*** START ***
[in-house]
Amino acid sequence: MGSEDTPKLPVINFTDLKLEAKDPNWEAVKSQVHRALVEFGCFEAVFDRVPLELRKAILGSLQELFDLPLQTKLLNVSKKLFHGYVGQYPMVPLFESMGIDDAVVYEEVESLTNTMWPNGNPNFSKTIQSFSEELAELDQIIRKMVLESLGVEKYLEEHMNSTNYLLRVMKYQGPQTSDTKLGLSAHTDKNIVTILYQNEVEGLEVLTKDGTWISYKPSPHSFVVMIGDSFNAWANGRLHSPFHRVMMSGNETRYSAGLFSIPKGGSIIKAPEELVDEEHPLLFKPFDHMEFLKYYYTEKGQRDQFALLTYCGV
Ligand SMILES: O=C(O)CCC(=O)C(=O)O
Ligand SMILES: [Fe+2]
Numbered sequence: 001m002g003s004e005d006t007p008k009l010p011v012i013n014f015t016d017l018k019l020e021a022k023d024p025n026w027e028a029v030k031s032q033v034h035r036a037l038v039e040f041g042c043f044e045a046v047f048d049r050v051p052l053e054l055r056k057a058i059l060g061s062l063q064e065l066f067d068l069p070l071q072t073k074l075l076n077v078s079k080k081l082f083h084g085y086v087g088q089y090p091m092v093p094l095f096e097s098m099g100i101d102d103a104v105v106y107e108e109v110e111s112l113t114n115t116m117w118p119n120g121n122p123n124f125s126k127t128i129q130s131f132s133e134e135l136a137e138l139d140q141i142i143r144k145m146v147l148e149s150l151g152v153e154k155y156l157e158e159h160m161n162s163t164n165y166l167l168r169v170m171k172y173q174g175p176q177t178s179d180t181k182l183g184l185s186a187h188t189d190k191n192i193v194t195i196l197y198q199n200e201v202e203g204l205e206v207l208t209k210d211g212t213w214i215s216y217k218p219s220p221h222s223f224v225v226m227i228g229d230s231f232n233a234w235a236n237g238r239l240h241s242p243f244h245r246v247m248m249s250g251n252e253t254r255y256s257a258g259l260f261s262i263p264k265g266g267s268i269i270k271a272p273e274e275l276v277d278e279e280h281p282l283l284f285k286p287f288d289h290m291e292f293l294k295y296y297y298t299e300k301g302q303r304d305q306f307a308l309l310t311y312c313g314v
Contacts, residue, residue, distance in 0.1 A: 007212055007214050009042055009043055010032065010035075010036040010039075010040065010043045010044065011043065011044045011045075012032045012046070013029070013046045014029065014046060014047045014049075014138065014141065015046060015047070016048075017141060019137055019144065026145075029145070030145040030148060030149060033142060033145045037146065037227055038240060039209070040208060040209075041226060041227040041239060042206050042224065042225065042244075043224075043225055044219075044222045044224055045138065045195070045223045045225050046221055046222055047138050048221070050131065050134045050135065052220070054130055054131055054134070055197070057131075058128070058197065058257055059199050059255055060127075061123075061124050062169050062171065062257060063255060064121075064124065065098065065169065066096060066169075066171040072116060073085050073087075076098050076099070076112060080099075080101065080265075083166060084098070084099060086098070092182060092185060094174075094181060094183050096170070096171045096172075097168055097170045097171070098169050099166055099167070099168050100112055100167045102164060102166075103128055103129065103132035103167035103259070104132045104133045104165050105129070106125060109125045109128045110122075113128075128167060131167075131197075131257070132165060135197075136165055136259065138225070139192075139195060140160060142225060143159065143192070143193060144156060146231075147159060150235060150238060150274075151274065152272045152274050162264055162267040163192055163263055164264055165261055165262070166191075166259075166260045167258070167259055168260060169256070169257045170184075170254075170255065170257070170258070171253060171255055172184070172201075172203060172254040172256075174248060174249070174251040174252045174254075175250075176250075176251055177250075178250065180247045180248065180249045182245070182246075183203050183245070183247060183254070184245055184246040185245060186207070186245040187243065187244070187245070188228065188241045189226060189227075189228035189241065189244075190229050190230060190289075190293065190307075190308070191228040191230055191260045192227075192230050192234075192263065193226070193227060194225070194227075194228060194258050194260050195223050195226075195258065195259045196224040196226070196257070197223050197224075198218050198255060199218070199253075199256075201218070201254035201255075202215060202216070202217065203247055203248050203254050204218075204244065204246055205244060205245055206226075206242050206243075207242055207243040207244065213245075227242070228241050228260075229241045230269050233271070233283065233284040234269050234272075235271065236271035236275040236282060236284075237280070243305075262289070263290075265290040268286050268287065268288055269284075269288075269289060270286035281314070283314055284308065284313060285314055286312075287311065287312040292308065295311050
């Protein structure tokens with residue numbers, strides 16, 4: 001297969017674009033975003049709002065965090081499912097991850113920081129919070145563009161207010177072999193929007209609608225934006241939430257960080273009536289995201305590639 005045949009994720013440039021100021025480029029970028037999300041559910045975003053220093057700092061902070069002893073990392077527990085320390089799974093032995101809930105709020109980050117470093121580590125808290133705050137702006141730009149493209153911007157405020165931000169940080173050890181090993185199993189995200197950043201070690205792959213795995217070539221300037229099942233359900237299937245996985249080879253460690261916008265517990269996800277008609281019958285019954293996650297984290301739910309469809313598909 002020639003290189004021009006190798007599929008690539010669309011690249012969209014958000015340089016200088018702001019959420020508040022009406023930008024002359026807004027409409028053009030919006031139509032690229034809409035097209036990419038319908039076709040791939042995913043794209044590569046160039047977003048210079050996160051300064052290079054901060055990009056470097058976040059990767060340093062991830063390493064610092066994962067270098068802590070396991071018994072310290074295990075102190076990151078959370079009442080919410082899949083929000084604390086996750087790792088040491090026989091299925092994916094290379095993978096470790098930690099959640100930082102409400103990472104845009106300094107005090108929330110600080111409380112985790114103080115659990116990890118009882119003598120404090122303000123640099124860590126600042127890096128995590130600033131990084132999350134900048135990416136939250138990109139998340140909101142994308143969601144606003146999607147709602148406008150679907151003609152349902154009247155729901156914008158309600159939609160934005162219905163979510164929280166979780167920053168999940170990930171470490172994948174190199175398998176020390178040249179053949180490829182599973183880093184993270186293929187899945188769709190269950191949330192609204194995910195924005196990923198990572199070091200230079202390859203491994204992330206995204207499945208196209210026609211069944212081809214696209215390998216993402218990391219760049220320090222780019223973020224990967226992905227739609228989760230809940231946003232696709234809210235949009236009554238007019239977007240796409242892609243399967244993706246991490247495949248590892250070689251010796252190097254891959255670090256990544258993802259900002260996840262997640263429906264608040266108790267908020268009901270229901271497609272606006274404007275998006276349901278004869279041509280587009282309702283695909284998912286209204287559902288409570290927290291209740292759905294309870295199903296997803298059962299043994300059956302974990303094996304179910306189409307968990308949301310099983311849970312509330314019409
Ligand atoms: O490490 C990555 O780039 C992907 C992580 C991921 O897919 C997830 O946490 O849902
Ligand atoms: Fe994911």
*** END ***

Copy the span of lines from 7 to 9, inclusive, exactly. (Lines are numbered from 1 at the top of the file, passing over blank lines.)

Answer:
């Protein structure tokens with residue numbers, strides 16, 4: 001297969017674009033975003049709002065965090081499912097991850113920081129919070145563009161207010177072999193929007209609608225934006241939430257960080273009536289995201305590639 005045949009994720013440039021100021025480029029970028037999300041559910045975003053220093057700092061902070069002893073990392077527990085320390089799974093032995101809930105709020109980050117470093121580590125808290133705050137702006141730009149493209153911007157405020165931000169940080173050890181090993185199993189995200197950043201070690205792959213795995217070539221300037229099942233359900237299937245996985249080879253460690261916008265517990269996800277008609281019958285019954293996650297984290301739910309469809313598909 002020639003290189004021009006190798007599929008690539010669309011690249012969209014958000015340089016200088018702001019959420020508040022009406023930008024002359026807004027409409028053009030919006031139509032690229034809409035097209036990419038319908039076709040791939042995913043794209044590569046160039047977003048210079050996160051300064052290079054901060055990009056470097058976040059990767060340093062991830063390493064610092066994962067270098068802590070396991071018994072310290074295990075102190076990151078959370079009442080919410082899949083929000084604390086996750087790792088040491090026989091299925092994916094290379095993978096470790098930690099959640100930082102409400103990472104845009106300094107005090108929330110600080111409380112985790114103080115659990116990890118009882119003598120404090122303000123640099124860590126600042127890096128995590130600033131990084132999350134900048135990416136939250138990109139998340140909101142994308143969601144606003146999607147709602148406008150679907151003609152349902154009247155729901156914008158309600159939609160934005162219905163979510164929280166979780167920053168999940170990930171470490172994948174190199175398998176020390178040249179053949180490829182599973183880093184993270186293929187899945188769709190269950191949330192609204194995910195924005196990923198990572199070091200230079202390859203491994204992330206995204207499945208196209210026609211069944212081809214696209215390998216993402218990391219760049220320090222780019223973020224990967226992905227739609228989760230809940231946003232696709234809210235949009236009554238007019239977007240796409242892609243399967244993706246991490247495949248590892250070689251010796252190097254891959255670090256990544258993802259900002260996840262997640263429906264608040266108790267908020268009901270229901271497609272606006274404007275998006276349901278004869279041509280587009282309702283695909284998912286209204287559902288409570290927290291209740292759905294309870295199903296997803298059962299043994300059956302974990303094996304179910306189409307968990308949301310099983311849970312509330314019409
Ligand atoms: O490490 C990555 O780039 C992907 C992580 C991921 O897919 C997830 O946490 O849902
Ligand atoms: Fe994911």